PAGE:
January 16, 2013 at 12:16 pm #118466
AnonymousInactiveJanuary 16, 2013 at 12:16 pmPost count: 14413
Just wondering if anyone has tips for stopping the impulse to “modify” or redirect colleagues’ ideas in group meetings. (Even if what they’re saying seems off track or not strategic?)
I get really excited about new projects and my boss tells me I need to empower those around me to contribute more. I know I am so flawed in this way (among others) and though I often catch myself after I do this, and apologize to people afterwards or seek to hear them out after the fact, that’s not good enough, I know. Any tips for biting my tongue and/ or retraining my brain?REPORT ABUSEJanuary 16, 2013 at 5:35 pm #118479
MarieAngellMemberJanuary 16, 2013 at 5:35 pmPost count: 140
@zaidyma, oh, I suffer from this, as well as a couple of other annoying traits.
One technique I’m trying with some success I learned from my husband, who has the ability to go to meetings and just sit there listening, only speaking up occasionally, then usually with a question (an insightful question, darn it!). When he gives his opinion, it’s really meaningful. He is a great collaborator at work, probably not coincidentally. He does speak up if the meeting goes too far afield, though.
Have you tried that? <I’m practicing>January 17, 2013 at 12:38 am #118488
Phil, Just Phil.ParticipantJanuary 17, 2013 at 12:38 amPost count: 43
Yes, that is a great tactic, how does that saying go “better to remain silent and have people think you are stupid, than opemn your mouth and remove all doubt.”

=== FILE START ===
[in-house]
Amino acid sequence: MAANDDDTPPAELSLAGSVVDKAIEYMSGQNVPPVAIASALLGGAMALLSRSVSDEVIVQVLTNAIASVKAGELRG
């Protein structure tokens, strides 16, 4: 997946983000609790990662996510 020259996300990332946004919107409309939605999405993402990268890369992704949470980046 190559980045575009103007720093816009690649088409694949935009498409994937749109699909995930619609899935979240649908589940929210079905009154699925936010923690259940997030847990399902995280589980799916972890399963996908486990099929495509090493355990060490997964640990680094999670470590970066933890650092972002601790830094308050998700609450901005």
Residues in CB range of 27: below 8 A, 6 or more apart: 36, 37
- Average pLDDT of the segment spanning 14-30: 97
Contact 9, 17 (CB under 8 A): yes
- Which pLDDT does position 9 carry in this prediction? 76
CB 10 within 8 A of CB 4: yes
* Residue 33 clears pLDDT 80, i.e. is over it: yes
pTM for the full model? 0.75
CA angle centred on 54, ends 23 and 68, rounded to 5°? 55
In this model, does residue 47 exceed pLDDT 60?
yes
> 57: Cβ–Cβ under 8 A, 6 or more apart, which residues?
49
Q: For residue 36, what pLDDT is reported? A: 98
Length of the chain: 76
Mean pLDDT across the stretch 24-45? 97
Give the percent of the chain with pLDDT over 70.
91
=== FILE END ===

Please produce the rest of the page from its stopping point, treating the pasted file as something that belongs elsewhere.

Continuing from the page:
However, another tactic I have tried in the past is to effectively take control of the information flow and use my empathy to make sure everyone feels valued and heard. We are generally very empathetic people and if you redirect your attention to this aspect you may be able to slide around your impulse to interrupt, instead trying to find the quiet introverted people and coaxing their viewpoints out. If the people you are cutting off are truly off-course then these quiet types will have also noticed and you should be able to get them to redirect for you. We don’t have the natural game playing skills of the linears, but we can learn to play the game our way.
I also recall doing workshops and effectively taking over the whole thing because it was going nowhere, not very collaborative though.January 17, 2013 at 2:10 pm #118495
nellieMemberJanuary 17, 2013 at 2:10 pmPost count: 596
Well my natural inclination is to come up with an idea and then expect others to be as enthusiastic as I am. In order to give people an opportunity to feel involved in a decision or project I have found that if I go in to a meeting with the mindset that I am presenting a “loose” idea for feedback and am asking for their help in fleshing it out, I often get total agreement and also some great ideas to add to it. I also try to mentally step back from an idea in order to grasp my own attachment to it. I ask myself is it really the “thing” I’m committed to or is it my own ego and need for control that drives a particular method or approach? Not easy. But if you take it one meeting at a time then eventually it will become easier.REPORT ABUSEJanuary 17, 2013 at 3:12 pm #118499